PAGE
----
Robert Mckee says ""Dimension means contradiction: either within deep character (guilt-ridden ambition) or between characterization and deep character (a charming thief). These contradictions must be consistent. "
" In essence, the protagonist creates the rest of the cast. All other characters are in a story first and foremost because of the relationship they strike to the protagonist and the way each helps to delineate the dimensions of the protagonist's complex nature. Imagine a cast as a kind of solar system with the protagonist as the sun, supporting roles as planets around the sun, bit players as satellites around the planets—all held in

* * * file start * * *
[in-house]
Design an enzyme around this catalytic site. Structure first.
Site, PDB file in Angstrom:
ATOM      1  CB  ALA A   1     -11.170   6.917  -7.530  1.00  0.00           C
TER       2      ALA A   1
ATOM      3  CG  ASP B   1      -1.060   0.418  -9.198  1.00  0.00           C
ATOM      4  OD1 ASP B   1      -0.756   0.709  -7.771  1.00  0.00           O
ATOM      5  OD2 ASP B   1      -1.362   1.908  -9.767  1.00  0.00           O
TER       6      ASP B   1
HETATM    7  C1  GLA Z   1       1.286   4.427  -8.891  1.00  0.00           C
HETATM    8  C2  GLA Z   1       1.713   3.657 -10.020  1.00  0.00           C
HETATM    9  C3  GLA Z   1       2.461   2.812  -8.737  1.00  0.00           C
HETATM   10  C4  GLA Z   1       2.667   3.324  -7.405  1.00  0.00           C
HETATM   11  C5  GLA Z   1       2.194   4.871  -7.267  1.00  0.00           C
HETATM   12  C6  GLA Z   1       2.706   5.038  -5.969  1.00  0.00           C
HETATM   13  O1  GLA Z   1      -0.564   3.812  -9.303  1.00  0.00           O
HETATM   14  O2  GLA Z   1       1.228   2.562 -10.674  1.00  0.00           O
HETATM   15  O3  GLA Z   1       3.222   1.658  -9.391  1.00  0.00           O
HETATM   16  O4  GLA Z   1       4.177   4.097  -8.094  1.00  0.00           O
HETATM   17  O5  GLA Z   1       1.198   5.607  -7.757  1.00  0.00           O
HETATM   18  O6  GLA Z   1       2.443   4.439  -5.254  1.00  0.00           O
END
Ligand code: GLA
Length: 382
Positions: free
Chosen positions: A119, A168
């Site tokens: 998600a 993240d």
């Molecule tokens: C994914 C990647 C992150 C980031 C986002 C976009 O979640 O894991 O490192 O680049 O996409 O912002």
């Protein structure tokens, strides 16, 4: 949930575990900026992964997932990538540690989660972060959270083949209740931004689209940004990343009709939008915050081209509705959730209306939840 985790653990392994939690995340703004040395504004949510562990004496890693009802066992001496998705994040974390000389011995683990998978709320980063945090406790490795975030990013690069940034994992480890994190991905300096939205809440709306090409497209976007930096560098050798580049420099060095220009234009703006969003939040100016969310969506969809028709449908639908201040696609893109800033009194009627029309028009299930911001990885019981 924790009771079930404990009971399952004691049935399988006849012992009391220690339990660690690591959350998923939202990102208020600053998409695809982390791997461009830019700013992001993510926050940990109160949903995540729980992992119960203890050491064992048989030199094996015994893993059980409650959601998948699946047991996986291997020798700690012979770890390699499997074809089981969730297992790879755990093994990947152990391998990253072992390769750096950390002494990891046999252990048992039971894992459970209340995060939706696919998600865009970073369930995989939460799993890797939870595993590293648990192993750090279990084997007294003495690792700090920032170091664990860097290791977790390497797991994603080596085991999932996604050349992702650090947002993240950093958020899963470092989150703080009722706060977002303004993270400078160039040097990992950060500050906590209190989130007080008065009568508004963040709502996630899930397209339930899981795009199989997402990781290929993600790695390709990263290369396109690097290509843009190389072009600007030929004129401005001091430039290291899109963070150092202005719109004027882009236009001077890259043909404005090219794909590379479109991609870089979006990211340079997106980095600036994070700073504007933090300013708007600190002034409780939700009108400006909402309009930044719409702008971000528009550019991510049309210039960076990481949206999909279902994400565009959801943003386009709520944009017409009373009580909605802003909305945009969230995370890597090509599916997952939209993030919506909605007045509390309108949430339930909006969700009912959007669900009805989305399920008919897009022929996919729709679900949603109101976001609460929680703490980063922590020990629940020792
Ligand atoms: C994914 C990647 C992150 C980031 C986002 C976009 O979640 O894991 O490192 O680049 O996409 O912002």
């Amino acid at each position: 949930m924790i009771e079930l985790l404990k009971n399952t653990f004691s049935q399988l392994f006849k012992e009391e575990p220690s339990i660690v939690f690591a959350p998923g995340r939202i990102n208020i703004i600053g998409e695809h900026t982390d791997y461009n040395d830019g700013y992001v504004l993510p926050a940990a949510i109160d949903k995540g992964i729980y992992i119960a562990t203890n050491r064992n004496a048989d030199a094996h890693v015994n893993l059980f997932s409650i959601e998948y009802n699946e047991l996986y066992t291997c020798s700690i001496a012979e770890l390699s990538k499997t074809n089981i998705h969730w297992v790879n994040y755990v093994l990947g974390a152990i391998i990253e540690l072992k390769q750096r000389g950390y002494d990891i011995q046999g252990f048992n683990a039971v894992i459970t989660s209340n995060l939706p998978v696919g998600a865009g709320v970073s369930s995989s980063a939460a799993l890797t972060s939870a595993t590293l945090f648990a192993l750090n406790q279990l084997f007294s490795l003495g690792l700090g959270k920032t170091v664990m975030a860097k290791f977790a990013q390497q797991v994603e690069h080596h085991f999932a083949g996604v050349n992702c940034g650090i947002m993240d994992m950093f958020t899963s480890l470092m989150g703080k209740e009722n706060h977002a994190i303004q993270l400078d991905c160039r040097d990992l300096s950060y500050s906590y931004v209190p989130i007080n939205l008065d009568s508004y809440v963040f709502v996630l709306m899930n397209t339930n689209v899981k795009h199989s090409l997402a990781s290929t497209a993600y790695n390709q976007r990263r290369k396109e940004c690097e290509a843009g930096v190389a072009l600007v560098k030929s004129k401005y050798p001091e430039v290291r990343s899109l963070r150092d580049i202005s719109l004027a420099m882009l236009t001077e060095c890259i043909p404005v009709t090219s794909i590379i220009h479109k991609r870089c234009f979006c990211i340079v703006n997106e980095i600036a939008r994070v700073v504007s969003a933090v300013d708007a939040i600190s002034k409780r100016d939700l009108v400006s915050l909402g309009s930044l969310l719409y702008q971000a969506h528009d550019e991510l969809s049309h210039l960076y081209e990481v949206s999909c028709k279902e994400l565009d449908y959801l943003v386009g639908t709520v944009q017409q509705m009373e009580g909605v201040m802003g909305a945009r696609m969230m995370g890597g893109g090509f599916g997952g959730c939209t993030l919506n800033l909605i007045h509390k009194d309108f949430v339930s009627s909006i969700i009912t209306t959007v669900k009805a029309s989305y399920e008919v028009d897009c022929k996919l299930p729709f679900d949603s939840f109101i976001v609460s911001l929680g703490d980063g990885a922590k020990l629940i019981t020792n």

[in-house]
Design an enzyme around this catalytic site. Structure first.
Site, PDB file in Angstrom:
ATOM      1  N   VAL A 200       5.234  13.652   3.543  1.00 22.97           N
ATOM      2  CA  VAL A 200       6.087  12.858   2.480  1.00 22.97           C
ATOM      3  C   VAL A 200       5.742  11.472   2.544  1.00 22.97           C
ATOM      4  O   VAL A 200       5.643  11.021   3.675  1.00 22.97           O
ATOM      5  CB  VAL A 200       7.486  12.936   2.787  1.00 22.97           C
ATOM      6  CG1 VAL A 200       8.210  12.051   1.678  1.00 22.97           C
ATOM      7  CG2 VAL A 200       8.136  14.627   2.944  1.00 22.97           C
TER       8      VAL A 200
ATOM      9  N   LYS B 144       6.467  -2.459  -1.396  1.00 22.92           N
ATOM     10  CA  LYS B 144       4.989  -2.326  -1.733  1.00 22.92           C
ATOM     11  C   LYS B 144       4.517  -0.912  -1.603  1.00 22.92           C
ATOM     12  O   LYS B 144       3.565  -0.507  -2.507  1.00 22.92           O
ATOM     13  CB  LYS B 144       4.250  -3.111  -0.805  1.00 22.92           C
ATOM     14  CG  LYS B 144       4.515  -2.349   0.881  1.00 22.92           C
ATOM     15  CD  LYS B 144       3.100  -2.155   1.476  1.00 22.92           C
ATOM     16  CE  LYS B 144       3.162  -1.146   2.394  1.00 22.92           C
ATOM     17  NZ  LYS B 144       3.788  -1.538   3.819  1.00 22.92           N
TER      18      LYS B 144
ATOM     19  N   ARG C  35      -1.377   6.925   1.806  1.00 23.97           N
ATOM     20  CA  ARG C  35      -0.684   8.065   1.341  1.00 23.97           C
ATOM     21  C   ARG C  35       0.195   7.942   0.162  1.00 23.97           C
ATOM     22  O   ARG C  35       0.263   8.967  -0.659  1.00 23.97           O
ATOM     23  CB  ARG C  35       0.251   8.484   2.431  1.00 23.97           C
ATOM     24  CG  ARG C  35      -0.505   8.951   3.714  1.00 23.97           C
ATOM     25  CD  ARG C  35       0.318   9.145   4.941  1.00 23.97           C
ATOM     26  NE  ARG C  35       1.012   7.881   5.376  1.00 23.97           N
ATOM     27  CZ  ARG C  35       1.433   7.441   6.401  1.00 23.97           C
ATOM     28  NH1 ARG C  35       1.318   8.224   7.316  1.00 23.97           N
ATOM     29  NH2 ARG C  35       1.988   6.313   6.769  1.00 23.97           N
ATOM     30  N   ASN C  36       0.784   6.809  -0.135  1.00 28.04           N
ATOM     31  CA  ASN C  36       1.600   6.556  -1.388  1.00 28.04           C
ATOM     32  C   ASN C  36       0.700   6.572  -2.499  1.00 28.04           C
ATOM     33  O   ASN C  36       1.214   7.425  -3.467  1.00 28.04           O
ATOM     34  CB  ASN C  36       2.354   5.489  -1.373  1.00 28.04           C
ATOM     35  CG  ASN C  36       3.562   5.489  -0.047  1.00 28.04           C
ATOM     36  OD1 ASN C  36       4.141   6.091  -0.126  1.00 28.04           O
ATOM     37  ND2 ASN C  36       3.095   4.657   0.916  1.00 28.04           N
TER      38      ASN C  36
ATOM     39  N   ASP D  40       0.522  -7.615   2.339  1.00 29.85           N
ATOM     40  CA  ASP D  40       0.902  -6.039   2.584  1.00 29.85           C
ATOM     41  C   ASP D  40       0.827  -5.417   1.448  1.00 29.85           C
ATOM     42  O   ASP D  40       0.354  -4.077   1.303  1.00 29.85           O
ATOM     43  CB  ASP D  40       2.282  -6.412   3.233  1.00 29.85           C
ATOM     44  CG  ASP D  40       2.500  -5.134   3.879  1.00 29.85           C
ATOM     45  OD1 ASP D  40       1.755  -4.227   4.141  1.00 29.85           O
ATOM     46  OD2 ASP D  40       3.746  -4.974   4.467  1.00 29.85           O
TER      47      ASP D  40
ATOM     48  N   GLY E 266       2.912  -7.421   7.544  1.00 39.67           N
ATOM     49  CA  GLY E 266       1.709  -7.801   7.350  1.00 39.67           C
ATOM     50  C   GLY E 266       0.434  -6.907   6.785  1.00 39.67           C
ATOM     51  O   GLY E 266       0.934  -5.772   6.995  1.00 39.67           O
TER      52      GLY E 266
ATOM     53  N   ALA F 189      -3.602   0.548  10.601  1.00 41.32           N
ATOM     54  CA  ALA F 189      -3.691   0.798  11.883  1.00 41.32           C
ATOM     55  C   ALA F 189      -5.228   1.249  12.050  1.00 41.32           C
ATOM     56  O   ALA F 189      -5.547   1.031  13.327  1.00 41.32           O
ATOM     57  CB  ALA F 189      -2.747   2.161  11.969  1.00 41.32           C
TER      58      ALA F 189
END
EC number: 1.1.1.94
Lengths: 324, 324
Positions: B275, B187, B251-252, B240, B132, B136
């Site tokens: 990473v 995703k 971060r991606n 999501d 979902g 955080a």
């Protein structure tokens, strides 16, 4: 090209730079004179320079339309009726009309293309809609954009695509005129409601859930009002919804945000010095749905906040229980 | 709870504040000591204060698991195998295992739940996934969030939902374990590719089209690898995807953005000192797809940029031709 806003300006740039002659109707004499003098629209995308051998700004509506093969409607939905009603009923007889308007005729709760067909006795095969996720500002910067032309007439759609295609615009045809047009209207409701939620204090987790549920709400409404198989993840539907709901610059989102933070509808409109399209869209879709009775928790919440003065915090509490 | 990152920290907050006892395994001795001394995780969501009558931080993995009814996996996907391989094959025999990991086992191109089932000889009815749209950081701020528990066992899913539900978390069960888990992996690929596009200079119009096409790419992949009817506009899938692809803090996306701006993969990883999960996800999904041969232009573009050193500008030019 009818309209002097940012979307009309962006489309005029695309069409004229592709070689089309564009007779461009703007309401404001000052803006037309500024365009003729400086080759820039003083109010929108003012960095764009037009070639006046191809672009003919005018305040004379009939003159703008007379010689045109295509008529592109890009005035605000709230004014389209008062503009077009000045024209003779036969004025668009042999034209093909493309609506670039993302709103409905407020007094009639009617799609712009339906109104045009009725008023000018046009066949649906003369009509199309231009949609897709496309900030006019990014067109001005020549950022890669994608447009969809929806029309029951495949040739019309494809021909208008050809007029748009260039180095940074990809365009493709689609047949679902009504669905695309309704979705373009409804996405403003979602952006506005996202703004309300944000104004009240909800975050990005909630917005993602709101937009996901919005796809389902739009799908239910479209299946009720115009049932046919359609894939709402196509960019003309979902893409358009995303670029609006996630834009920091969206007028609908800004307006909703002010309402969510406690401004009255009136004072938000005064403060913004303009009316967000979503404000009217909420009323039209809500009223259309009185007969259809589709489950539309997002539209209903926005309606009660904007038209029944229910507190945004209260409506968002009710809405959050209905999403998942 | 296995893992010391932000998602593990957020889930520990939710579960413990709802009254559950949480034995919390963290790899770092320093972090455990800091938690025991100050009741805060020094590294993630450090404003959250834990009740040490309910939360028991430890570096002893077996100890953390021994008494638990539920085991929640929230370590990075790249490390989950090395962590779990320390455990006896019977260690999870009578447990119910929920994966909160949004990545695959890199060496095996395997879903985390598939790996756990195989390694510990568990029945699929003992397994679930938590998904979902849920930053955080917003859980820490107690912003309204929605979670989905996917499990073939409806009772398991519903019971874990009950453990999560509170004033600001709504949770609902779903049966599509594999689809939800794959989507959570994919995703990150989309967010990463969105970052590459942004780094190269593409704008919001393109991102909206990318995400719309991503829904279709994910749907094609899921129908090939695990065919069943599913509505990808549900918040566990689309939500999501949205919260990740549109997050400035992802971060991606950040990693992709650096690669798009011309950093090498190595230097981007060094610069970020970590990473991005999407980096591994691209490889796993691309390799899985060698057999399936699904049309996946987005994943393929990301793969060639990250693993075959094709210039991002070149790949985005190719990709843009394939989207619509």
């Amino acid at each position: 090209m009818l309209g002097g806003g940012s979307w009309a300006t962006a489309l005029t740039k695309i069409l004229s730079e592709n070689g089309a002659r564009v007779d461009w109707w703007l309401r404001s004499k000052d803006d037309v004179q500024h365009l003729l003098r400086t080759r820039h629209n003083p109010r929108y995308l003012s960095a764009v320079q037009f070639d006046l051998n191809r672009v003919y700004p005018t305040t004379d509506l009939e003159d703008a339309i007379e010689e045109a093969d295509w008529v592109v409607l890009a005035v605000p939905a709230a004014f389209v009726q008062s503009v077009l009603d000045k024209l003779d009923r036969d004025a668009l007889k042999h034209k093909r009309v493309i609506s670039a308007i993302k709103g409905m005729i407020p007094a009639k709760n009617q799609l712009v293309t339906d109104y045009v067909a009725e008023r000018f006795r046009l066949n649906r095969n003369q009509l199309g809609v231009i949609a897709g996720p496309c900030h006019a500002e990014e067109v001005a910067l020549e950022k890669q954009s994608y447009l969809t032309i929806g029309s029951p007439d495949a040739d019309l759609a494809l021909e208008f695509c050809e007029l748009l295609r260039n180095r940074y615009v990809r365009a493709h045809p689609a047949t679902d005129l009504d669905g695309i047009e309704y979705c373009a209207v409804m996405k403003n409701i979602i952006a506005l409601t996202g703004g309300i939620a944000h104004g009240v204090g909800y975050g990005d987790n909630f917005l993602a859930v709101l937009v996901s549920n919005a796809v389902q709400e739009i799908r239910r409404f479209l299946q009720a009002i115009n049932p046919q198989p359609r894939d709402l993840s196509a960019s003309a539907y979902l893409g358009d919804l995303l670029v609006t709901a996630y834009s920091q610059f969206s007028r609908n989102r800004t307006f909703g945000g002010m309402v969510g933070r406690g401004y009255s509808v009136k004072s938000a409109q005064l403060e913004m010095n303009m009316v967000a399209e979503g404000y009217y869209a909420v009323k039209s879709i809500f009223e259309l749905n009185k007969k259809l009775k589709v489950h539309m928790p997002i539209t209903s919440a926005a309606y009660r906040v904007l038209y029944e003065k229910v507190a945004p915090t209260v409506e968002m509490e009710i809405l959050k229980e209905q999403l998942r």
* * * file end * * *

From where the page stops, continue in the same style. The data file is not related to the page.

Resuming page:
orbit by the gravitational pull of the star at the center, each pulling at the tides of the others' natures...
Character A, for example, provokes the protagonist's sadness and cynicism, while Character B brings out his witty, hopeful side. Character C inspires his loving and courageous emotions, while Character D forces him first to cower in fear, then to strike out in fury. The creation and design of characters A, B, C, and D is dictated by the needs of the protagonist. They are what they are principally to make clear and believable, through action and reaction, the complexity of the central role."
Dramatica sees four dimensions as necessary to flesh out a character. (motivation, purpose, methodology, evaluation)
Which is the better/easier approach? Can we use the two methods simultaneously?
Mckee's cast design
Dramatica - Character Dimensions